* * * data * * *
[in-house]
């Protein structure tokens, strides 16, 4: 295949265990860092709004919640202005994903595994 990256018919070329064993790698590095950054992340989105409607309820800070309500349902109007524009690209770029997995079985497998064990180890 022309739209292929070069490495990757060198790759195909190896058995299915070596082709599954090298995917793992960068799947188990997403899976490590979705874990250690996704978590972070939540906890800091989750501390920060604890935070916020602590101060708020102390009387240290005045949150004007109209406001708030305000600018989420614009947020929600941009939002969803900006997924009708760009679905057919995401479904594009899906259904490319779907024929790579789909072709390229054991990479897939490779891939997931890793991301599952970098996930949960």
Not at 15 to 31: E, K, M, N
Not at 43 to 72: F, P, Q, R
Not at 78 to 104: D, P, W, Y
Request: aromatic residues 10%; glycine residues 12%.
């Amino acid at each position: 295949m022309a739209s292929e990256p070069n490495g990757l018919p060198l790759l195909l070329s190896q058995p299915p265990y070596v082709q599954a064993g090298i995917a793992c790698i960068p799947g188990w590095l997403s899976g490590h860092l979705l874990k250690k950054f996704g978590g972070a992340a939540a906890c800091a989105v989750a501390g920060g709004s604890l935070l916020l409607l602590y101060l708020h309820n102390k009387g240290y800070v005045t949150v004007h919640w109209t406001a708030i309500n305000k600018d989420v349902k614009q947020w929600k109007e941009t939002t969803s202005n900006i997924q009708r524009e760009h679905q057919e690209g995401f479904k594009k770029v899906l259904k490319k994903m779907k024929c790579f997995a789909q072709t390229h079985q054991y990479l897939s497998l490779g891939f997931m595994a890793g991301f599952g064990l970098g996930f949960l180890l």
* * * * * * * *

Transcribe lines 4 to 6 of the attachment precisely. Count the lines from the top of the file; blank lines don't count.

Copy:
Not at 43 to 72: F, P, Q, R
Not at 78 to 104: D, P, W, Y
Request: aromatic residues 10%; glycine residues 12%.